• Tue. Mar 28th, 2023

Sri Lanka’s Power Crisis Is Weighing On its Economy


Mar 18, 2023

Discussions about Sri Lanka’s power crisis may possibly have died down because reports of a key economic crisis in the Asian nation circulated final summer time, but Sri Lanka is nevertheless a lengthy way from financial recovery. As it awaits an International Monetary Fund (IMF) bailout to assistance its rebound, it continues to face key fuel shortages and reduce industrial activity, as it focuses on fostering new power partnerships and attracting new investments.

In the final quarter of 2022, Sri Lanka was driven even additional into recession, as borrowing expenses reached a two-decade higher, with funds getting utilised to handle inflation. The country’s GDP dropped by 12.four % involving September and December, compared to the exact same period in 2021. Sri Lanka’s economy has now contracted for 4 quarters in a row, marking the worst economic crisis for the state in seven decades.

But assist may possibly be on the way, as Sri Lanka hopes the IMF will unlock a $two.9-billion bailout that was authorized in September at their meeting next week, which could attract higher investment to assist the nation commence to get back on track. Sri Lanka has been generating adjustments to assistance its application for funding which includes escalating taxes and cutting power subsidies, it also introduced a much more versatile exchange price and elevated its benchmark interest price to address inflation. In current months, customer expenses have been sent sky higher, as the nation faced provide shortages and has handful of funds for its imports. Even so, as IMF funds start off to arrive, the country’s economy is anticipated to commence on the lengthy road to recovery.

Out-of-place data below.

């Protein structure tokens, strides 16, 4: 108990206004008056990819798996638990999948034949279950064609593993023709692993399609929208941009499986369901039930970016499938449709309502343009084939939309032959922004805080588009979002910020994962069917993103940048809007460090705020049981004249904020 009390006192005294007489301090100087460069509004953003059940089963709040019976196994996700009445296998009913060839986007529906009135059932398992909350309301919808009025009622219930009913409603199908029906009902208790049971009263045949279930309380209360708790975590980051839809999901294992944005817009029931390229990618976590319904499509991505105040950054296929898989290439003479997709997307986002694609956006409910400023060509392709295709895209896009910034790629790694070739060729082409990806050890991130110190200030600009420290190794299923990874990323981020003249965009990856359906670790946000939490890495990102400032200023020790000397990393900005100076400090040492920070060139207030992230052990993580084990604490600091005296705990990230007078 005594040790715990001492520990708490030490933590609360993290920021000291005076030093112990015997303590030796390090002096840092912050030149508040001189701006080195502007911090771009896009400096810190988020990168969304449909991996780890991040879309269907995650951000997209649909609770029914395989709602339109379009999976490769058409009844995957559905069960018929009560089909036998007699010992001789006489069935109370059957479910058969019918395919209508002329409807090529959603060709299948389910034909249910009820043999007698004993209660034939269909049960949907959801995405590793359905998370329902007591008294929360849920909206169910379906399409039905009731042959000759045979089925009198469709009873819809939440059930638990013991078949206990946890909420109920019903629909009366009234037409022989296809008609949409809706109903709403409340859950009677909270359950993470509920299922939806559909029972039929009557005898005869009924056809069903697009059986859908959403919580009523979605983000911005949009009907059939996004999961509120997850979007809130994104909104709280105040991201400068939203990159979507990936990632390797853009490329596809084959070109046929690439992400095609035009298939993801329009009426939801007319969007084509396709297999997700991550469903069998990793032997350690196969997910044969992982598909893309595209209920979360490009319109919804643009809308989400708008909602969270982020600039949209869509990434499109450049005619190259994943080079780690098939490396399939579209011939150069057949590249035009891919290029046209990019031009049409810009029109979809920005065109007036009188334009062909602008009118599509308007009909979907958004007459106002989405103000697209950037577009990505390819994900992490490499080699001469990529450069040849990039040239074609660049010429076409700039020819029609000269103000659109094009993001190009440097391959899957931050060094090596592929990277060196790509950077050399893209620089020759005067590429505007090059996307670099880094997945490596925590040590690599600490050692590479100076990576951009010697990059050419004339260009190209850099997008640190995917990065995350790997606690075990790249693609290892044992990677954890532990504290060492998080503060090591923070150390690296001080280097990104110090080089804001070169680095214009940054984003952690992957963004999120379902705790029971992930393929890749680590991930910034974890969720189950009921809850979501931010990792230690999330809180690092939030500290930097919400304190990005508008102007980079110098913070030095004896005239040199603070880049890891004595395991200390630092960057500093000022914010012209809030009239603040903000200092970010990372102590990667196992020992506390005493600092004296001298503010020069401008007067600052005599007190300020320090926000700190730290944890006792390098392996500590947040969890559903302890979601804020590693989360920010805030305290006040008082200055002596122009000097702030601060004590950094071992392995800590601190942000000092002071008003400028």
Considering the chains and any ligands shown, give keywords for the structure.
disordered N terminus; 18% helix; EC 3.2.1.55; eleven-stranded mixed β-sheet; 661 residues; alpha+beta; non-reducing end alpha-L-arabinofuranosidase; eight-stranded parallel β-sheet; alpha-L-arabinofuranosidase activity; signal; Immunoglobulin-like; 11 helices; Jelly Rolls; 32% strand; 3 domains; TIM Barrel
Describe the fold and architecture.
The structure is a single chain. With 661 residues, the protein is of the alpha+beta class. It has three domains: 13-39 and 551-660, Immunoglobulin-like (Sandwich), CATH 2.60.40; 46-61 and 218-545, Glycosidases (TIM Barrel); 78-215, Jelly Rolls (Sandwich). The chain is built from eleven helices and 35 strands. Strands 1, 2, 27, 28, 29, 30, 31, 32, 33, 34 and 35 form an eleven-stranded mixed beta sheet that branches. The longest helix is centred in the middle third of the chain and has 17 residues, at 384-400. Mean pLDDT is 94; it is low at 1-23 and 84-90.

A key knock-on impact of the financial crisis has been observed in extreme power shortages.

Final year, Sri Lanka ran out of fuel, causing schools to close and resulting in widescale protests. The lack of fuel was blamed mainly on poor financial management and the Covid-19 pandemic. It was additional exacerbated by the unwillingness of suppliers to give new shipments of fuel following years of unkept promises and overdue payments – totalling about $700 million final July.

Story continues

Following the start off of the power crisis, the government introduced a “National Fuel Pass” as a indicates of rationing fuel, which supplied people today with a weekly quota primarily based on the quantity plates of registered autos. It also implemented a 12-22 % rise in fuel rates, which drove up inflation. Citizens and possible foreign investors named for new fiscal reforms to address the financial and power crises and establish a roadmap for recovery.

The crisis largely stems from Sri Lanka’s reliance on foreign power products for the country’s industrial improvement. The lack of out there fuel has brought a great deal of Sri Lanka’s manufacturing operations to a halt and meant that households and enterprises have been left facing extreme economic troubles.